Coaching: Old Fast Break Drills ... the New Way

Option 3: End with a Clear

As we have written before, practicing rides and clears can be boring and frustrating. Consider ending each repetition of the drill with a clear. If the shot scores or misses the cage, the goalie immediately grabs a ball out of the cage, and off we go into a clear. If he makes a save, immediately go into a fast clearing pass and, most importantly, the players who were on offense now need to ride and ride aggressively.

And again we have options. One day we might force a quick clear with just the defensive players on the field with the goalie. This means that even by adding the goalie to the clear, we do not have a man advantage in our clearing scheme. Thus, the players might be 4v4 or even 5v5 on the clearing team. This forces players to really move both on and off ball to get open or be more aggressive carrying the ball on a clear.

At the next practice, we might add a line of defensive players in the lower corner of the box behind the cage. Following the shot, they get added to the drill to emulate clearing with the additional player advantage. But again, nothing is directly coming out of a set formation but originating in an unsettled situation. And it is not just about clearing but about aggressive riding as well.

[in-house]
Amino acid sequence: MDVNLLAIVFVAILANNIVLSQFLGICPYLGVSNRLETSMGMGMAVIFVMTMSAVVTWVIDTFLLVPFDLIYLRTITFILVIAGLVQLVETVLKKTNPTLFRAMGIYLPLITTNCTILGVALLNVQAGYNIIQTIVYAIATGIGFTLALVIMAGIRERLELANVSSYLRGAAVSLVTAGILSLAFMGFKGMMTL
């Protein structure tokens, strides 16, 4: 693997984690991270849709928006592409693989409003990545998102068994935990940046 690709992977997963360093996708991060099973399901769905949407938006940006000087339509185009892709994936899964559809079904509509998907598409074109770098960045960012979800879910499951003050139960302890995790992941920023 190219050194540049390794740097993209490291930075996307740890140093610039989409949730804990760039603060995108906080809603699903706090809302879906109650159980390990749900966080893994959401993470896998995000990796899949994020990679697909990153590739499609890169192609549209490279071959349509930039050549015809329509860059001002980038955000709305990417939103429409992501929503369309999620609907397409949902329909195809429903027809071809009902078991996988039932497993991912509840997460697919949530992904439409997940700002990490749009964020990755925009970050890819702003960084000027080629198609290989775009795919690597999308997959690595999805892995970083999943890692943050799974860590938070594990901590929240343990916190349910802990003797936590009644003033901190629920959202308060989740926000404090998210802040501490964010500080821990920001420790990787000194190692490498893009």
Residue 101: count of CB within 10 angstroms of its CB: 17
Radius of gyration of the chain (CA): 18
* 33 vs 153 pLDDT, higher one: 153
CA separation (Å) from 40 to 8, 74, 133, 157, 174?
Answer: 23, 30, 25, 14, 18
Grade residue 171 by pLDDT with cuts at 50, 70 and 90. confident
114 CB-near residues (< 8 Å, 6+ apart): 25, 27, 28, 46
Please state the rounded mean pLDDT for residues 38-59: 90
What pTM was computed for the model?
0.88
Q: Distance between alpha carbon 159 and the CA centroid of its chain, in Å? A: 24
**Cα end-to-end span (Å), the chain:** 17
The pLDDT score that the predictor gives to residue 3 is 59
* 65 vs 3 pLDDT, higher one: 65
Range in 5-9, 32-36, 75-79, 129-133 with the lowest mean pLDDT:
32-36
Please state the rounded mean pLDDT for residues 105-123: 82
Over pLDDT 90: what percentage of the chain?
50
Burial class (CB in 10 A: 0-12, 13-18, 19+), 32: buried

Finally, increase the pace to keep players running (conditioning) and engaged. When the clear is moving just past the box, start the next group (65 yds away) in the break down the field, with the new attack and defenders for the next repetition coming onto the field. This may sound or look confusing at first, but it really quickens the pace. Players love it; it forces them to concentrate and offers more reps and touches in the same seven to 10 minute time allotted for the drill in your practice plan.

Lacrosse is not football; it is a very fluid game, and every scenario is a little different. It is not as tough as you might think to incorporate this aspect into all of your drills. This applies even to traditional coaches coaching traditional fast break drills. I would love to get your comments (my address is below).



LaxCoachMike.com is a unique site for lacrosse coaches, offering drills and ideas from the greatest coaches in the country. E-mail your comments to mike@laxcoachmike.com.



All of the previous articles on coaching and drills from Lax Coach Mike can be found on the Lacrosse Drills, Instruction, and Training page.

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2011-02-25



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